Times picks a TV editor

A post-election newsroom ritual at the L.A. Times is figuring out what the editors and reporters who staffed the campaign coverage will do next. Some land at their old jobs, some move on to something better and some scratch to find a home until the next campaign. One question got resolved today when Calendar snapped up Barbara Serrano, a former Nieman Fellow who is the deputy editor on the political desk. She'll become the TV editor. The memo follows:

Edited 3:40 p.m.

To: The Staff
From: Lennie LaGuire, Deputy Features Editor

I'm very pleased to announce that, as soon as the voting or the court challenges stop, Barbara Serrano will be named Calendar's assistant entertainment editor for television. At the moment, Barbara is helping to run the paper's coverage of the presidential race, and it's hard to imagine better preparation for overseeing the demanding, fast-paced television beat, with its sharp-elbowed media politics, unreal reality shows and colorful cast of industry players.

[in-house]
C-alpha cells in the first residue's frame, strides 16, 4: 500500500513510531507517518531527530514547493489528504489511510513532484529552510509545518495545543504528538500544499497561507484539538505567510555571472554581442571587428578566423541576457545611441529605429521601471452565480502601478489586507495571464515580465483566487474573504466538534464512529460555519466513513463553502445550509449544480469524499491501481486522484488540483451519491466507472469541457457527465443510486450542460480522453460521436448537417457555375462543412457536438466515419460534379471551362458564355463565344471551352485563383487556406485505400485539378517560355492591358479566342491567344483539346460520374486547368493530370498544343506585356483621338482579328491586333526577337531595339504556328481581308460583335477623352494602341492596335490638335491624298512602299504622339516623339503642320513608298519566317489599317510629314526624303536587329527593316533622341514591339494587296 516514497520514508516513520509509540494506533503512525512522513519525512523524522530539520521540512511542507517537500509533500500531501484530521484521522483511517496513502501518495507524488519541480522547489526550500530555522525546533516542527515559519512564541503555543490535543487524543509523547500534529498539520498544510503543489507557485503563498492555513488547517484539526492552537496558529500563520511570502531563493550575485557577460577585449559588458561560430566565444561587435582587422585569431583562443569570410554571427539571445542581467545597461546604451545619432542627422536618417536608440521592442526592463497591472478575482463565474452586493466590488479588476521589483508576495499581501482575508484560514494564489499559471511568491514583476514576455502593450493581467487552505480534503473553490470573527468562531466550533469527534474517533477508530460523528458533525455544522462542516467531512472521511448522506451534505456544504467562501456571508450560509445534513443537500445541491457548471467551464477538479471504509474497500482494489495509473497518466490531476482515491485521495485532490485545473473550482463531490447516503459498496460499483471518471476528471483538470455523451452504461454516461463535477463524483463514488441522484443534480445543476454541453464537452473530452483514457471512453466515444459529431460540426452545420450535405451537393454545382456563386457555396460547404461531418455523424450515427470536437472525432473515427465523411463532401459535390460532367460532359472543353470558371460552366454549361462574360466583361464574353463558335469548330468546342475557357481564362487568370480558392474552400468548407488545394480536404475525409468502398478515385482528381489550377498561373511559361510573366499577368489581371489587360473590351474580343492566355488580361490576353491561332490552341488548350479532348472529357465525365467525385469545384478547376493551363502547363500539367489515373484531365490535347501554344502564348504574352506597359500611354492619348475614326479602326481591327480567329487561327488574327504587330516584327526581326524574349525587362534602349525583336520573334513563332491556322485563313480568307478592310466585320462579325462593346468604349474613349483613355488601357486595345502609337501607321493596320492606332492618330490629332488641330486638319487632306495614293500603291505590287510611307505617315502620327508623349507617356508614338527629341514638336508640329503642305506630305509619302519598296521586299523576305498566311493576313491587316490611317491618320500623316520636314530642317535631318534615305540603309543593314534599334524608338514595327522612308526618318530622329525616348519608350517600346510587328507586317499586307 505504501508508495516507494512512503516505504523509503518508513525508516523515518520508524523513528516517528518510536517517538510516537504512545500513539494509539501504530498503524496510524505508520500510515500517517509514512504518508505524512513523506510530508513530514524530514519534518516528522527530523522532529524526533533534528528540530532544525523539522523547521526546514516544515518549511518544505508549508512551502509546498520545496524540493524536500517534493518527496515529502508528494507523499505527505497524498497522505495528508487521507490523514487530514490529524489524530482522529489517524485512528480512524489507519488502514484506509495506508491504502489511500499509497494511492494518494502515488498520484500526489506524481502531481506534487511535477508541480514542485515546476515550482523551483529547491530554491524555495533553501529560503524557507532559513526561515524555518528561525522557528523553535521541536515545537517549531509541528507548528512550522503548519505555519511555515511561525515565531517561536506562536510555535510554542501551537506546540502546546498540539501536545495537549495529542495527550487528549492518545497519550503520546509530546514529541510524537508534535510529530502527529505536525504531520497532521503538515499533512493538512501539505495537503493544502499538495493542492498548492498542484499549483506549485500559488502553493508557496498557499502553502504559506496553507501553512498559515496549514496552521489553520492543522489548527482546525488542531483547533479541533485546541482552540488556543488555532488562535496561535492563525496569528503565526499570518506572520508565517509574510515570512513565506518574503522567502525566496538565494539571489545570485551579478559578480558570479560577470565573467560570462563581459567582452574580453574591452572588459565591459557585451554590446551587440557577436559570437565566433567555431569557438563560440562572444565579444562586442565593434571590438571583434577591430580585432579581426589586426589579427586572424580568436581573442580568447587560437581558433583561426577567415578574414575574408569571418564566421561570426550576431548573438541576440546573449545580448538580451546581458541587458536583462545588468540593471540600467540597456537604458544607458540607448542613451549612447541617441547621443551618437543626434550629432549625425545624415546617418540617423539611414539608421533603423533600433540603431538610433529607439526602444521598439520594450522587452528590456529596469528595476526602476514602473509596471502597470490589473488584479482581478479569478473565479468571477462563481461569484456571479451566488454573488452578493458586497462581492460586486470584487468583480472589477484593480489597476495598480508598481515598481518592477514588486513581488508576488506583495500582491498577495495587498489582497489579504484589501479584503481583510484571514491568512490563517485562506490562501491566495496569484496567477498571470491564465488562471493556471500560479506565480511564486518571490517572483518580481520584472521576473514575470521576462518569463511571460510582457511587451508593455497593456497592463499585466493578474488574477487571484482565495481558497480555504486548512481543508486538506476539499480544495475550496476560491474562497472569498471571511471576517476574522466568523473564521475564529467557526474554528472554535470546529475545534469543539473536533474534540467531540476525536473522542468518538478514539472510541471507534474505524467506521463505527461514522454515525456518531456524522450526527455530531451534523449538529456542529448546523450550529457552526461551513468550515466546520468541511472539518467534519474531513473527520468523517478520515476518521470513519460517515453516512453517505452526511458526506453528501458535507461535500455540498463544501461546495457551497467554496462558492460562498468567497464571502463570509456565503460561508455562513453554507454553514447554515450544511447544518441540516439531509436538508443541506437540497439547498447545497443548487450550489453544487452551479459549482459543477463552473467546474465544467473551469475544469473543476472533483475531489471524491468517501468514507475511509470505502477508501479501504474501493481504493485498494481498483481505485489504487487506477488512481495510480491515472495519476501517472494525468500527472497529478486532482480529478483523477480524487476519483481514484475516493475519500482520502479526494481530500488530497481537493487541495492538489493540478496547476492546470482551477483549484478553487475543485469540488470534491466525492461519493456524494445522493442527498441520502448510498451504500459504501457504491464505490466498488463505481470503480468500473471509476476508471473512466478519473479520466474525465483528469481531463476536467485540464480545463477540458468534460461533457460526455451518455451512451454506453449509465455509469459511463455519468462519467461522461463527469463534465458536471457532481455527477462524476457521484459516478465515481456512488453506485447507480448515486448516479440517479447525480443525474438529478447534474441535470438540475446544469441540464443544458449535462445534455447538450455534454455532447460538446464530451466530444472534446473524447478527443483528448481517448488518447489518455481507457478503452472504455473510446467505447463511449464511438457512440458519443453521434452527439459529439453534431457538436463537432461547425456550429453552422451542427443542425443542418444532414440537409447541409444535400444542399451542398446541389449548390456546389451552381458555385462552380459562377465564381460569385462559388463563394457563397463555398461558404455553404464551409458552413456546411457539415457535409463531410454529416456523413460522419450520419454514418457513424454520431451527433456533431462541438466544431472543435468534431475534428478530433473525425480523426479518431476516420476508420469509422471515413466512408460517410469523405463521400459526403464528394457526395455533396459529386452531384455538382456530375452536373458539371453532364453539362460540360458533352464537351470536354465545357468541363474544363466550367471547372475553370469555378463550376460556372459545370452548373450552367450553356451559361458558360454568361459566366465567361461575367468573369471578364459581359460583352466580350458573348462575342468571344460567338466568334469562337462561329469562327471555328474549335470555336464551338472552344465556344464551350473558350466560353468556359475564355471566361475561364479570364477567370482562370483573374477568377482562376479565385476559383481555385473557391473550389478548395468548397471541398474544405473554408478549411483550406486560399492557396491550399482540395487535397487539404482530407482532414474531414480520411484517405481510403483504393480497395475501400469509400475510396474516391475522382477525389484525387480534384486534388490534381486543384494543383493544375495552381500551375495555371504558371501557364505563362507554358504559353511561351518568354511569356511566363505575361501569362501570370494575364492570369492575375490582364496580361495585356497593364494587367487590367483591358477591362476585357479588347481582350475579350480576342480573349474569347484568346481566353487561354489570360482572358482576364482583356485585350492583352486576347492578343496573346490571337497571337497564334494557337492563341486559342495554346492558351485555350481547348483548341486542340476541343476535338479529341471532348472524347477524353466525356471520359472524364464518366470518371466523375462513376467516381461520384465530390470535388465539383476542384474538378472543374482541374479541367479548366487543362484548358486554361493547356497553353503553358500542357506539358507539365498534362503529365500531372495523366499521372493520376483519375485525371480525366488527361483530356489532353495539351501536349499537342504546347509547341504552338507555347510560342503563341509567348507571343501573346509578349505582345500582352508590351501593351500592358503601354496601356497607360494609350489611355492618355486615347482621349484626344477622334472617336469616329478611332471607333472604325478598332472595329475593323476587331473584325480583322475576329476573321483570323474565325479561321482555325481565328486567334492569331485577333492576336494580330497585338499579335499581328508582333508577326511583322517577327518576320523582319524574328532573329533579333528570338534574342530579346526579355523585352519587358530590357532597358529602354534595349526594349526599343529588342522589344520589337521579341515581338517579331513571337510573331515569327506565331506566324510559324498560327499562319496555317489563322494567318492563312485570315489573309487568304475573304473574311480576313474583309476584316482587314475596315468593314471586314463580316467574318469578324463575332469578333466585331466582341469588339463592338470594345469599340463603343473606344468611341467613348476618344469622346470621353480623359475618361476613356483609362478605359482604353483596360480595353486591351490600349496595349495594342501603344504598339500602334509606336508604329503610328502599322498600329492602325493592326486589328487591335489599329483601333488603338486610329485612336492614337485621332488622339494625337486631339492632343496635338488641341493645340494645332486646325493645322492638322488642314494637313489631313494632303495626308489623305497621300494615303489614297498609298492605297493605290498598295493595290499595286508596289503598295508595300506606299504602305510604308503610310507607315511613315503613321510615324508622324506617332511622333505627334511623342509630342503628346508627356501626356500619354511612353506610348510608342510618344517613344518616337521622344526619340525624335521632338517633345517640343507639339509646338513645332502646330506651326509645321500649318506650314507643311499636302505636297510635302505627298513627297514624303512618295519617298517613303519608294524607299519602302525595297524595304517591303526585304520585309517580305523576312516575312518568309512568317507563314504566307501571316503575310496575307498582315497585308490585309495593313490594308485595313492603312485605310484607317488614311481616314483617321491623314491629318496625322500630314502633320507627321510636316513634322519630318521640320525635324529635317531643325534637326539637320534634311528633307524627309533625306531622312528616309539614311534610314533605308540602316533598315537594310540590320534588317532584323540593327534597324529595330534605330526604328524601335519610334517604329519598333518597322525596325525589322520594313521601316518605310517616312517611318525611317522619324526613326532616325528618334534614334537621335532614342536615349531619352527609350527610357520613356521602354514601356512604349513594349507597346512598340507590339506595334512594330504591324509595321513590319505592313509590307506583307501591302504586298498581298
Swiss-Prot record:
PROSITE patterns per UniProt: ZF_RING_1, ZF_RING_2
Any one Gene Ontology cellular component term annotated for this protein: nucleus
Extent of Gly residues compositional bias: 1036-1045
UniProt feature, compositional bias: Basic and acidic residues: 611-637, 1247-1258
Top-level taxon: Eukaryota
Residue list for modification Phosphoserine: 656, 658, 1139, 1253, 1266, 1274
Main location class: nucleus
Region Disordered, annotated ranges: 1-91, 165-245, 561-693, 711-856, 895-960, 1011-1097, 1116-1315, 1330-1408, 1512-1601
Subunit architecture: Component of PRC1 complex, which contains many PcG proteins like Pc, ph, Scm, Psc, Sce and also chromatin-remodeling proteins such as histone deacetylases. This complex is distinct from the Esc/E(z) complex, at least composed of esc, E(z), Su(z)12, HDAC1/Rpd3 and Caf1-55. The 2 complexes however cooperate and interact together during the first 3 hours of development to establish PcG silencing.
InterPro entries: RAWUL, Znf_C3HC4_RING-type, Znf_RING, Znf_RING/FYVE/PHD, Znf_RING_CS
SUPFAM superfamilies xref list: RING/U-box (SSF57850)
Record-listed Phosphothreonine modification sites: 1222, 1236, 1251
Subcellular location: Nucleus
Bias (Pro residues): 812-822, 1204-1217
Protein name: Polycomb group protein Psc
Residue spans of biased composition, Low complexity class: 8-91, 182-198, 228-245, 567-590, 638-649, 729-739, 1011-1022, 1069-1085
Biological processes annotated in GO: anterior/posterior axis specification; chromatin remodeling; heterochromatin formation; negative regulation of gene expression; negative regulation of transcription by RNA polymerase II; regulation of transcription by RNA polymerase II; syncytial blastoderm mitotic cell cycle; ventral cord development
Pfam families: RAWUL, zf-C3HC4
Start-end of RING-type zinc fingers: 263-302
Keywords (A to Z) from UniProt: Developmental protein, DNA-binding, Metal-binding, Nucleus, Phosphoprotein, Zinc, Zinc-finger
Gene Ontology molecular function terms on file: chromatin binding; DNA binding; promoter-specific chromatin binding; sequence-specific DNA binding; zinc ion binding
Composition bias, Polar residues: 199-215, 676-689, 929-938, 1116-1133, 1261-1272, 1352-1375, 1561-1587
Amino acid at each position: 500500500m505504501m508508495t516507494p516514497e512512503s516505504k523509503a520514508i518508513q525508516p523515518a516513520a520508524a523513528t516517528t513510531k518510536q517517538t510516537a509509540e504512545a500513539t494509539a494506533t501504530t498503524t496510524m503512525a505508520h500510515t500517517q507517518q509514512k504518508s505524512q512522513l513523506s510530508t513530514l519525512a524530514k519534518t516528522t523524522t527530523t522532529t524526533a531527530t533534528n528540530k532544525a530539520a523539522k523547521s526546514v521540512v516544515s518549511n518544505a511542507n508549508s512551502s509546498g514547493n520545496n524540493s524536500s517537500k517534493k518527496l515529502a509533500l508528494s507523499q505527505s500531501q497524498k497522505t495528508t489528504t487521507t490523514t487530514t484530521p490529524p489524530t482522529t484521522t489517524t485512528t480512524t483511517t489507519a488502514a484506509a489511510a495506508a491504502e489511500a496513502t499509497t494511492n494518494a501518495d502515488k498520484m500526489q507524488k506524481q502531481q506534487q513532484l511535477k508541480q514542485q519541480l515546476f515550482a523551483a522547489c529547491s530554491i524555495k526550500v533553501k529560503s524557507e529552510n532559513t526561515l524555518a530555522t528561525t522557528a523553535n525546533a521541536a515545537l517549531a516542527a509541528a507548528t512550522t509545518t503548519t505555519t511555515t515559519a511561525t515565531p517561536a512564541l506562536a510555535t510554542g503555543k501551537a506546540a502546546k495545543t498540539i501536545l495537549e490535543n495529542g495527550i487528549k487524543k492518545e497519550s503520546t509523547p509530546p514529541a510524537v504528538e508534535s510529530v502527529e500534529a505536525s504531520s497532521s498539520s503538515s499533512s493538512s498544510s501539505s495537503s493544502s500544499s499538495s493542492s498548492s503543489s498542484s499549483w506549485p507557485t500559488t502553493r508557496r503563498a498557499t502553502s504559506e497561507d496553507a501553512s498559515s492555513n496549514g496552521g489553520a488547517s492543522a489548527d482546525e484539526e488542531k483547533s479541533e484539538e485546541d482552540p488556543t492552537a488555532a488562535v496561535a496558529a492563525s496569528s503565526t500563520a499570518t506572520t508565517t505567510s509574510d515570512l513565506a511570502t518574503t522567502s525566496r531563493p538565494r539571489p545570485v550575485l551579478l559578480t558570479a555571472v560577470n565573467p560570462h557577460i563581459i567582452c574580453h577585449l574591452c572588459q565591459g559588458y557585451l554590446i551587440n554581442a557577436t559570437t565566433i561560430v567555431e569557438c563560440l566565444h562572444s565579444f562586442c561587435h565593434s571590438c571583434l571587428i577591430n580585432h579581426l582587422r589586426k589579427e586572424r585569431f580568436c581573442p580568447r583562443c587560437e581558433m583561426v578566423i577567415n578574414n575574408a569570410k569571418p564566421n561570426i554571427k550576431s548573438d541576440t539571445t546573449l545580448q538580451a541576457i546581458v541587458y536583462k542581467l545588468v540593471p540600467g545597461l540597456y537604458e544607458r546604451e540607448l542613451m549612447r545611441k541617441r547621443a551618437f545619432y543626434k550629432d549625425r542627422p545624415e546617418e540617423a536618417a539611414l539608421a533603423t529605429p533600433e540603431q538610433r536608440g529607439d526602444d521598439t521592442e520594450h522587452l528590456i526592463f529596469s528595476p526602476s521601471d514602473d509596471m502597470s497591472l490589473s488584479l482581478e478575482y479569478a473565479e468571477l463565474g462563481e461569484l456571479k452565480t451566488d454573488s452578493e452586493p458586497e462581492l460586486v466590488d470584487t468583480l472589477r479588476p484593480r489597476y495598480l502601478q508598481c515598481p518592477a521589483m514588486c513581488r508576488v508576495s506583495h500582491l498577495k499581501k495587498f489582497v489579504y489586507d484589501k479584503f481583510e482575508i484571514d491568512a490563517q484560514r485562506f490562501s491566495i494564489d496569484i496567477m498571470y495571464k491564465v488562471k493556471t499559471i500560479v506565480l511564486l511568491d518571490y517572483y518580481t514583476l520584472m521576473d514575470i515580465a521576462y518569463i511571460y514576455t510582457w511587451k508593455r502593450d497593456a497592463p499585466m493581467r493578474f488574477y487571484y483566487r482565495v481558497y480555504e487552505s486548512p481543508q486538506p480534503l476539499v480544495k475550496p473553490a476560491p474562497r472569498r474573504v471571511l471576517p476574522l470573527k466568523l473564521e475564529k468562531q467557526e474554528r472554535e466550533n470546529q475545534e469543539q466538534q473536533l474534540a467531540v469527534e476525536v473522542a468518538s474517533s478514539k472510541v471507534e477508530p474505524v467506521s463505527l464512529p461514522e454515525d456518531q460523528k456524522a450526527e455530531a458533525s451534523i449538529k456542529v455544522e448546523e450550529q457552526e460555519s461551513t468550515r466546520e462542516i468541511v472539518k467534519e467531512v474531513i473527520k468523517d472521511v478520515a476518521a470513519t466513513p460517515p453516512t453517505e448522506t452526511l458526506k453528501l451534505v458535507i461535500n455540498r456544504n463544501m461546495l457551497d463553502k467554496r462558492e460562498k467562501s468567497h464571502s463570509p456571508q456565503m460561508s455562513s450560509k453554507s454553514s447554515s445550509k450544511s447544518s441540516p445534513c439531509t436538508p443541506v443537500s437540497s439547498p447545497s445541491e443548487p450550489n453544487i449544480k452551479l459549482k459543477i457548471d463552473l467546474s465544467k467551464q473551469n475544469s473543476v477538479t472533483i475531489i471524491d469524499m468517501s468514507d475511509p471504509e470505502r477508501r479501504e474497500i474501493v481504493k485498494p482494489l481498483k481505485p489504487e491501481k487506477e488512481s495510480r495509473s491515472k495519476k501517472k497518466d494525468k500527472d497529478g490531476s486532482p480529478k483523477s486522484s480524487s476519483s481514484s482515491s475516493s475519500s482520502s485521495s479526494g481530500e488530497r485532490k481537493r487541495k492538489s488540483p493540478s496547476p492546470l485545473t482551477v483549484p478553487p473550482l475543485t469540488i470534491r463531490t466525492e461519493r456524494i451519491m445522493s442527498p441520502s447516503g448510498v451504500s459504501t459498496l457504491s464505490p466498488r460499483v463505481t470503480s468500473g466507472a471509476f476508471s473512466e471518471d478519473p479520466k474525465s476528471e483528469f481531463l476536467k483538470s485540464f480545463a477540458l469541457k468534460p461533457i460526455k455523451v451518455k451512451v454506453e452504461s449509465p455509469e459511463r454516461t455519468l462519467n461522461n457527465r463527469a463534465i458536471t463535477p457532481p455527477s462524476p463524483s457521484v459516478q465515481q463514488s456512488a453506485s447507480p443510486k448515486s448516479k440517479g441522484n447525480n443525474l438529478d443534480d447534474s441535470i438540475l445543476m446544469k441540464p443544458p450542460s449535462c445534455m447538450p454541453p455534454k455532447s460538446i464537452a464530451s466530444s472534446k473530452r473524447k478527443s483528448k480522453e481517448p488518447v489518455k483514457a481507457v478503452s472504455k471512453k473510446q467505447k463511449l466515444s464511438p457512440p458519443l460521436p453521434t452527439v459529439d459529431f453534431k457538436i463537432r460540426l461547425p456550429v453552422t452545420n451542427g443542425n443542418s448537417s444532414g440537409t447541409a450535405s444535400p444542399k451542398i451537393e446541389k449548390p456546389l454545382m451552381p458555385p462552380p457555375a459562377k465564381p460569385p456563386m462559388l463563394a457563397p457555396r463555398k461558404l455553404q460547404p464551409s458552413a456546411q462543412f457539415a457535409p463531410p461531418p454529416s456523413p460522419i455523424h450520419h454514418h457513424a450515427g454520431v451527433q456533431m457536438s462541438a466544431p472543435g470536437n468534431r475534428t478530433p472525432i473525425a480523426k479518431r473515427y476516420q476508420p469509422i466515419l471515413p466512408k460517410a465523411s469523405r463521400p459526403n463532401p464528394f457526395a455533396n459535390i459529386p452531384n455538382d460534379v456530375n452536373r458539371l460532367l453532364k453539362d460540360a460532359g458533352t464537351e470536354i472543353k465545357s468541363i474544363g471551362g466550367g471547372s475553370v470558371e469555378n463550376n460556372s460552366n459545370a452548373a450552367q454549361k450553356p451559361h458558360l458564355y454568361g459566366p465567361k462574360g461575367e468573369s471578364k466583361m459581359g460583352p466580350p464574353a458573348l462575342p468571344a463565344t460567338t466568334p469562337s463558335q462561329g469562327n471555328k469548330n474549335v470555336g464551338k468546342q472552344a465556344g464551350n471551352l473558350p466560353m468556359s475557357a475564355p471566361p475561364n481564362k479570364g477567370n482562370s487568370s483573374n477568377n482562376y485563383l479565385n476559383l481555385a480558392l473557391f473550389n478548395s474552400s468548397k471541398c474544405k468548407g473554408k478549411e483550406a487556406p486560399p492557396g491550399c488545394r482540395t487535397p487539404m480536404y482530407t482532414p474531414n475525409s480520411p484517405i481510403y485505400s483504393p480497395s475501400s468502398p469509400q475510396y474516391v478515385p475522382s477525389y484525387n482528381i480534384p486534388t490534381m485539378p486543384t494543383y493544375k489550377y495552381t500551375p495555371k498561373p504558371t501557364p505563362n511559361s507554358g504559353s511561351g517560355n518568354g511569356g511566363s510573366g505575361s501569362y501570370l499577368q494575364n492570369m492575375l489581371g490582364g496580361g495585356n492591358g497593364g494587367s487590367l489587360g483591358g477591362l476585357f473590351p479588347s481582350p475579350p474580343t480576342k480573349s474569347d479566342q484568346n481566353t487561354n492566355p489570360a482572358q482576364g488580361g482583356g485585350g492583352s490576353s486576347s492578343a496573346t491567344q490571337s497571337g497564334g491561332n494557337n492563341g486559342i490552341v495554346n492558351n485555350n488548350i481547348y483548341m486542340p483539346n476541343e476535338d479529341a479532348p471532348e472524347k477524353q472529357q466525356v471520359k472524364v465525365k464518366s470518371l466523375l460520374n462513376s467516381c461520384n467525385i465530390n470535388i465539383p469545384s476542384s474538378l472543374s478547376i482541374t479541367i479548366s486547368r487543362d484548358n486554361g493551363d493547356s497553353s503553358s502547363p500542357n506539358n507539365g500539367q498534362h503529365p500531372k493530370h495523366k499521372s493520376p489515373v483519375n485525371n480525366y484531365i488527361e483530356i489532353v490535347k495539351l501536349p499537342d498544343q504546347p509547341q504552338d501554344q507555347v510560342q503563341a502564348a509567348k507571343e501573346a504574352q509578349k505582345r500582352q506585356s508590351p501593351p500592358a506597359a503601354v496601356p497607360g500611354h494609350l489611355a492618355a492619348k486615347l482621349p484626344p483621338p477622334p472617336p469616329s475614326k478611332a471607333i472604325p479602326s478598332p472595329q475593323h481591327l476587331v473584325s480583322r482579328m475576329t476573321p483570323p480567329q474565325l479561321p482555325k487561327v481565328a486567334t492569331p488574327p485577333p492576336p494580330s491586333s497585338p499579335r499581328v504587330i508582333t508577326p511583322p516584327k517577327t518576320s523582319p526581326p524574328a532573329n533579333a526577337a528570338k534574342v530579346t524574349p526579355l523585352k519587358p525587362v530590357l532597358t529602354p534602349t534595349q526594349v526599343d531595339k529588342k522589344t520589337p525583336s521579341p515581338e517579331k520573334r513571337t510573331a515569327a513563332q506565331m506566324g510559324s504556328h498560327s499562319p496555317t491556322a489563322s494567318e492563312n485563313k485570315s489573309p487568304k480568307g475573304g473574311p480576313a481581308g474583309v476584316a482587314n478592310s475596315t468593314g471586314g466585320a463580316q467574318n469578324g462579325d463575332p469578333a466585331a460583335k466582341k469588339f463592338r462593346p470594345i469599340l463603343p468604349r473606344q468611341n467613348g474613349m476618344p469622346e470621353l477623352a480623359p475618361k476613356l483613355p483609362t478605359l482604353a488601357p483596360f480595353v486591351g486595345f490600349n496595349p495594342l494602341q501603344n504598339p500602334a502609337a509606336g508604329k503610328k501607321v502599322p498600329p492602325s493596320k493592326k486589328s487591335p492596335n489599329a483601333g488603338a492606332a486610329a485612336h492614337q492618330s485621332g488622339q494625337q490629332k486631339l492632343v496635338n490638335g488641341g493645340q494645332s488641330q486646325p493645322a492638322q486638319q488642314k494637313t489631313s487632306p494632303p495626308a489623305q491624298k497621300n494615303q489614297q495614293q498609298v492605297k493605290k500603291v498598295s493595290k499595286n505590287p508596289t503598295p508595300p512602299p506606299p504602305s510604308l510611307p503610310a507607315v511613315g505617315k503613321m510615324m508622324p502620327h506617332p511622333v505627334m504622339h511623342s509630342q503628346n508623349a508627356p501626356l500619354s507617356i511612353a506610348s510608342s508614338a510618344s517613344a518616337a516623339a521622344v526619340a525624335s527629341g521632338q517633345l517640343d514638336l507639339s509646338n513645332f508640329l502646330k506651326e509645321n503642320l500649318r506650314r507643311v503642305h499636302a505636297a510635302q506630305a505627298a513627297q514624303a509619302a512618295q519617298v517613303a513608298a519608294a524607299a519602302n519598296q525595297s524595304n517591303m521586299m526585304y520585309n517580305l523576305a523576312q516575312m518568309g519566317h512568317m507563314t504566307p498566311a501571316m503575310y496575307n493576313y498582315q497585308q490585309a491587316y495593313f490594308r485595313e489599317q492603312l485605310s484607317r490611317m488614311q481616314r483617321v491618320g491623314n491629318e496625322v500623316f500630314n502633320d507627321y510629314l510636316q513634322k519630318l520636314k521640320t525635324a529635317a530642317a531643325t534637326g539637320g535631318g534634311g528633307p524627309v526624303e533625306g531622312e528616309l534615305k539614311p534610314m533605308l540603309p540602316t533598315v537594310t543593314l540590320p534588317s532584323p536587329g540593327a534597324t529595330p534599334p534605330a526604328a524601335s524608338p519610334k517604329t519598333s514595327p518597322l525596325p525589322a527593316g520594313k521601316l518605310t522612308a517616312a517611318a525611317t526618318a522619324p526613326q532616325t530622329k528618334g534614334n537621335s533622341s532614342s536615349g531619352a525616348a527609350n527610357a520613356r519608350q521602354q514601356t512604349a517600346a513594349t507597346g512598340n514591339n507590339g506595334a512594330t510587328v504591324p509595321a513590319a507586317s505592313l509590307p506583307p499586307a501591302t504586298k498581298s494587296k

Though she joined The Times barely a year ago, Barbara already has distinguished herself as a skilled and imaginative deputy political editor on the national desk and we are eager to see her bring her drive and journalistic savvy to this new editing post. Barbara will oversee Calendar's television reporters in Los Angeles and New York, and will work closely with Maria Russo and our critics as well.

Previously, Barbara worked at the Seattle Times as a staff writer, political editor and deputy Metro editor, and at the Orange County Register and Stockton Record as a reporter. She graduated from the University of California, Berkeley, and has a master's degree in international journalism from USC. She was a Nieman Fellow at Harvard in 2001-2002. When she joins the Calendar staff late next month, Barbara will report to Deputy Entertainment Editor Betsy Sharkey.

Also at the Times: Pete Thomas had what some staffers thought was the paper's most fun reporting job. He covered fishing, hunting and other outdoors stuff for Sports and traveled all over the place. He moved to the new Outdoors section when it began a year ago, but from a reader's perspective it never looked like a good fit. The weekly section emphasizes literary explorations, and his stories are more about going fishing. So it appears that Thomas, the son of retired editor-in-chief William F. Thomas, has gone back to Sports.

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